Another train delay: Now even the tickets are late

Labour has accused the Government of being slow to roll our smart card technology
Labour has accused the Government of being slow to roll our smart card technology
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YORKSHIRE RAIL commuters are suffering a raw deal because of the slow rollout of smart ticketing in the North, Labour claimed today.

Labour produced figures showing just five stations in the region are equipped with the technology needed for smart cards similar to the Oyster cards used on the London underground.

Of the 710 stations nationwide fitted with smart card technology more than 600 are in southern areas of England.

The Government has promised new body Transport for the North will deliver Oyster-style ticketing across northern England.

Making it easier to travel between towns cities is seen as one of the keys to delivering Chancellor George Osborne’s vision of turning the North into an economic ‘powerhouse’.

Smart cards are also seen as a way of developing part-time season tickets, a longstanding goal of rail campaigners.

Lilian Greenwood, Labour’s Shadow Transport Secretary, said: “For all the Government’s talk about leading a smart ticketing revolution, these figures demonstrate the huge regional disparities that expose George Osborne’s ‘Northern Powerhouse’ and ‘Midlands Engine’ rhetoric for the sham it really is.

“There is no good reason why commuters in the Midlands and the North shouldn’t have access to the same facilities as passengers in the South. Ministers have had six years to address this problem, but they have made shockingly poor progress.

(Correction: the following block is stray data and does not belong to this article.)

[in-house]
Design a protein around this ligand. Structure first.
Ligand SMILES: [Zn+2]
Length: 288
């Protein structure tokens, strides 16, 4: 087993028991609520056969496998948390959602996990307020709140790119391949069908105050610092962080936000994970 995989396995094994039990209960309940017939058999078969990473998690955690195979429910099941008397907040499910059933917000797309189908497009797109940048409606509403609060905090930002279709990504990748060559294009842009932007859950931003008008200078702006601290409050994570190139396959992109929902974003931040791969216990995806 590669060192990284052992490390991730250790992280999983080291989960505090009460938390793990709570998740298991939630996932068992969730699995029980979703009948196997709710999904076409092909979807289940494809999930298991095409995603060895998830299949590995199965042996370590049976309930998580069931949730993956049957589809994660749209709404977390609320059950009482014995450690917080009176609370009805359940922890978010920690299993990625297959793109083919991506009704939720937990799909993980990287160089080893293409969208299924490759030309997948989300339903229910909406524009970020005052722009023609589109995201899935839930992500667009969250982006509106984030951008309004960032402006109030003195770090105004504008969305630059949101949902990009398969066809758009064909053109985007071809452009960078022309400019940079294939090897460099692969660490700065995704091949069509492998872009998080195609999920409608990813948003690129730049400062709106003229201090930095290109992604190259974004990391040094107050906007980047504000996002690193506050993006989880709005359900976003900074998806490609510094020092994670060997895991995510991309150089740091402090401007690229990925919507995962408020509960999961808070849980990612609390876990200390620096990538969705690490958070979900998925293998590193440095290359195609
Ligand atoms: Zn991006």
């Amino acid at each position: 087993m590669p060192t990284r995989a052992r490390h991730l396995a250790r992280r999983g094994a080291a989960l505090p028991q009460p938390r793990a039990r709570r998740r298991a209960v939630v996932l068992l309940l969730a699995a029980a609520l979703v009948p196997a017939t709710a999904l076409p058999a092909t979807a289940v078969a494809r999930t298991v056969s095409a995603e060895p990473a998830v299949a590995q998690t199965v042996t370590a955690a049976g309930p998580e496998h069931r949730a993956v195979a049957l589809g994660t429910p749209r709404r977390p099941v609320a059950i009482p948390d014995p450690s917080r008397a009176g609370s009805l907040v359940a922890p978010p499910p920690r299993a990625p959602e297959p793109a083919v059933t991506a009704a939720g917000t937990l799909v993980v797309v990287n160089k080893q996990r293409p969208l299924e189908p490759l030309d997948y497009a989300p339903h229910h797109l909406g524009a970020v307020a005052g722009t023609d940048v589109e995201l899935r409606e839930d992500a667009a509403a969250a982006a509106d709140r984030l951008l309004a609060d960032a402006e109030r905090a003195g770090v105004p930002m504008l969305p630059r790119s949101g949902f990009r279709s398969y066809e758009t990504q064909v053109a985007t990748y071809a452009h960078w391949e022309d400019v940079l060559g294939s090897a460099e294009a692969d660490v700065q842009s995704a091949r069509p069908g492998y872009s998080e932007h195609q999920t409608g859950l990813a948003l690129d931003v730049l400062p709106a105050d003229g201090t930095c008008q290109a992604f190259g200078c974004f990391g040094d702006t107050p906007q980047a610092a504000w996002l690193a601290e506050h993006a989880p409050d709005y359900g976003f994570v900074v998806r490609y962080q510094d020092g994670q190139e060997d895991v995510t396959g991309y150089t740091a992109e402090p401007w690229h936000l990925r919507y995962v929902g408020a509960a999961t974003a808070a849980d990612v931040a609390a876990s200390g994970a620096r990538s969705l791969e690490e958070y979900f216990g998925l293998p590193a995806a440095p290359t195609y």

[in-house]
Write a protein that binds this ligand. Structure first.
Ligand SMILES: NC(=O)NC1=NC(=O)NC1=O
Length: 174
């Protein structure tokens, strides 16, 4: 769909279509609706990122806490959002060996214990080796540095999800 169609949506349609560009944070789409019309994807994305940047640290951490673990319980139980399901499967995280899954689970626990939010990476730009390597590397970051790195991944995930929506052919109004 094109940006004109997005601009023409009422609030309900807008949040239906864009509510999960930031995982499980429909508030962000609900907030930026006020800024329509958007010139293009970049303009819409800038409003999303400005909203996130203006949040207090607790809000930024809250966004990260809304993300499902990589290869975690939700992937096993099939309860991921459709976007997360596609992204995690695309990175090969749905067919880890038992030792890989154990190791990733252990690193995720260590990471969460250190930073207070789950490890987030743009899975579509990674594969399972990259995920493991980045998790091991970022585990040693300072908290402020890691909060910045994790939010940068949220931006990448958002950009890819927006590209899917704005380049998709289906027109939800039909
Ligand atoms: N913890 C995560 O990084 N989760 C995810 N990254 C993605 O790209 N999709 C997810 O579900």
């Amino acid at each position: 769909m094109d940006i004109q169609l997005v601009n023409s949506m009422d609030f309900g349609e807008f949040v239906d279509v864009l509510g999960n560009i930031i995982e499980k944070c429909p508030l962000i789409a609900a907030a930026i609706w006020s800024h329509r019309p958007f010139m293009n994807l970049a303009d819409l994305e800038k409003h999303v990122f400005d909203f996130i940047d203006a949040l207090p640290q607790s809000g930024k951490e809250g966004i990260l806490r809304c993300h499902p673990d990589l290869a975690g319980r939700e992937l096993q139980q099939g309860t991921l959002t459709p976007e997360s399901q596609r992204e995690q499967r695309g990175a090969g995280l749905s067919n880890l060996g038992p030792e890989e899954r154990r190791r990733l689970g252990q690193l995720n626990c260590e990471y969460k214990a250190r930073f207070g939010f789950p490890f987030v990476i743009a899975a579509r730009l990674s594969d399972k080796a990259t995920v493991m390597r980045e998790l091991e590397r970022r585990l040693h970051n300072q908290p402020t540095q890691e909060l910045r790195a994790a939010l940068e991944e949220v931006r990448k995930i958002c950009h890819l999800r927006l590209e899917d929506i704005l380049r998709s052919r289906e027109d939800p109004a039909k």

“These figures show just how far the Government has to go, and they cast real doubt on Ministers’ ability to introduce the part-time season tickets that they promised to implement in May last year.”

Mr Osborne last year charged TfN with creating a “seamless” ticketing system to make it much easier to travel from one part of the North to another.

But there is no timetable for delivery and a smart ticketing scheme for the South East which was due to be in place by the end of last year is now not expected to be ready until after 2017.

A Department for Transport (DfT) spokesman said: “We are absolutely committed to delivering smart and more flexible ticketing for commuters across the country.

“In the north of England, we are providing £150 million to support Transport for the North so it can introduce smart ticketing and make travel by public transport as simple and convenient as possible. We will also continue to challenge the industry to modernise and simplify the ticketing system.”

Stephen Joseph, chief executive of the Campaign for Better Transport, said: “Progress on smart ticketing across the North’s rail network has been woeful so far.

The city regions and Transport for the North are committed to an “oystercard for the North” - they should take the opportunity of DfT’s wholesale failure in the South East and the new powers in the forthcoming Buses Bill to leapfrog the South East and have a simple comprehensive smart ticketing scheme covering all transport across the North.”

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